Some schools are putting distance learning into place, while others are not providing materials for parents. Depending on how much support you receive from your child’s school, you will need to plan a learning/play schedule.  As you plan, think of activities that combine learning and fun. One of our favorites is to ask kids to read a book, and then watch the movie.

Build In Opportunities For Choice

While it is helpful to provide structure for children, it is also important to give them choices. Choice Boards provide nine different activities for the same topic, support academic skill-building practice, and build in opportunities for choice.

Resources to Use:

11 AM: Feelings Check-In

Help Kids Express Their Feelings and De-Stress

Many kids are feeling anxious and confused right now. Schools closed with little notice, and the daily routine looks very different right now (or is missing altogether). It is important to find time in the day to check in with children and use strategies and activities to help them express their feelings and de-stress. You can use breathing exercises, mantra activities, “feelings thermometers," meditation, and more to help kids relax and be present in the moment.

Alyssa Bellardino, a third-grade teacher in Roxbury, NJ believes it is important to incorporate social-emotional learning (SEL) into distance learning models. She created a Daily SEL Challenge. This free resource is full of activities that motivate kids to complete acts of kindness and connect with family members and friends.

Daily SEL Challenge social emotional learning activities for kids

Children can choose one of these social-emotional learning tasks to do each day.

Resources to Use:

12 PM: Get Kids Up and Moving

Kids need movement in order to learn and thrive. Professor Peter Gray writes about the power of play and unscheduled downtime for kids. He recommends that children play before they eat lunch, and that they have opportunities for unstructured play. Christy Frank, an instructional technology integrator, designed The ABCs of Screen-Free Time At Home so parents and teachers could support students to take screen breaks and get moving despite school closures  due to COVID-19.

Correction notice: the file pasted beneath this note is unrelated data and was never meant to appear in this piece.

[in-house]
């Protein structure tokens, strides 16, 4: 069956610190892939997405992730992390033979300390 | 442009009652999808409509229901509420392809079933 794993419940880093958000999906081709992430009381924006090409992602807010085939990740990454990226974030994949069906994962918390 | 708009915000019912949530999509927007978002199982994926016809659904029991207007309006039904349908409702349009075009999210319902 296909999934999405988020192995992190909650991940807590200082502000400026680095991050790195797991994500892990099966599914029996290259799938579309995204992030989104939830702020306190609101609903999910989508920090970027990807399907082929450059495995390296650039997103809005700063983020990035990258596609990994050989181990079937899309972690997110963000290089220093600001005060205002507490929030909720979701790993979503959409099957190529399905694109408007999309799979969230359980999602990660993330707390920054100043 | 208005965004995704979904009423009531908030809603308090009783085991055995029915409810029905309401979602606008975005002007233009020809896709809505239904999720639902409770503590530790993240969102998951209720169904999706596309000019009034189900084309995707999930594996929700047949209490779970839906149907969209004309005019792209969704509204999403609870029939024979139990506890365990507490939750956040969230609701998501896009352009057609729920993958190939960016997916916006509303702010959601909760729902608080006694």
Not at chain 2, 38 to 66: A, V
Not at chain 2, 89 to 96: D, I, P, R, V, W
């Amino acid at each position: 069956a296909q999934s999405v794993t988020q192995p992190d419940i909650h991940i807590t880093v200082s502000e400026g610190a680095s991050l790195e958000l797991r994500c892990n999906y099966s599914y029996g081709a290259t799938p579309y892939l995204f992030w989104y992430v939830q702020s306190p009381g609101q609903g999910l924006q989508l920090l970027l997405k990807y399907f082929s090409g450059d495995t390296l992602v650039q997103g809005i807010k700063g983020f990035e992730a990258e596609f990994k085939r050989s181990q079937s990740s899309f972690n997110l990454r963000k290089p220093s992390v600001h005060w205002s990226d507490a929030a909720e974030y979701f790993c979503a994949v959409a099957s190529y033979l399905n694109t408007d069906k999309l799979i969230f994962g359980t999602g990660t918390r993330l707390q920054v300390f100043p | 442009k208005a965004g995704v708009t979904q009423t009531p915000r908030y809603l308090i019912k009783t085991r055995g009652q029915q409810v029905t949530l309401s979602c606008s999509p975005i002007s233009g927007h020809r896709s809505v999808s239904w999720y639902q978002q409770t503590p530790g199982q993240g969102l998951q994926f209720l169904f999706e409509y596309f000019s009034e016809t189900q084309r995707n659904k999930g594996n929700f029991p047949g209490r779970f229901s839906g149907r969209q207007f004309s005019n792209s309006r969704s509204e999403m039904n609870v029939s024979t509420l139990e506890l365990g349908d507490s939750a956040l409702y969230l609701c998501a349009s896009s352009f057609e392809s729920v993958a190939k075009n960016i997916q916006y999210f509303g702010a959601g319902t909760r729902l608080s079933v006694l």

ABCs of Screen-Free Time at Home Resources

Children can choose one of these at-home learning activities to complete during academic time.

Resources to Use:

1 PM: Rest

2 PM: Free Choice Reading and Snack

Resources to use:

3 PM: Get Moving

Resources to Use:

4 PM: Reflect

Check In With Your Kids

Take the time to circle back to the Daily Tasks and Behavior Checklists, and talk to your kids about how things went. Use this as a learning experience for parents to understand what worked, what didn’t, what needs more time, less time, etc.

Resources to Use:

Learn From Homeschooling Parents

Even if you didn’t intend to homeschool your kids, there are parents who willingly make this choice, and have developed structures and systems that work. From finding the teaching materials you need and developing a home classroom to what is needed for a positive homeschool experience, we can learn a lot from parents who are already doing this with great success.

Resources to Use:

It wouldn’t be possible to get through the next few weeks without technology and screens (Thanks, Disney+ for giving us Frozen II three months early). There are so many different apps and resources out there, and many companies are making them free for teachers and parents. Every single resource including worksheets and lesson plans on TeacherVision is free. Here’s how to get started.

For a homeschool schedule for the 2020/2021 school year, check out free printable sample schedule.

Check back for continuous updates...

Julie Mason is the Head of Content and Curriculum for TeacherVision. She brings expertise in blended and personalized learning, instructional coaching, and curriculum design to the role. She was a middle and high school English teacher for eight years and then a blended and personalized learning instructional coach for K-12 teachers at BetterLesson. She has presented at The National Principals Conference, ISTE, and ASCD where she shared her expertise on how instructional coaching builds teacher capacity in K-12 schools. She has extensive experience designing and facilitating professional development for teachers, and she oversees the TeacherVision advisory board.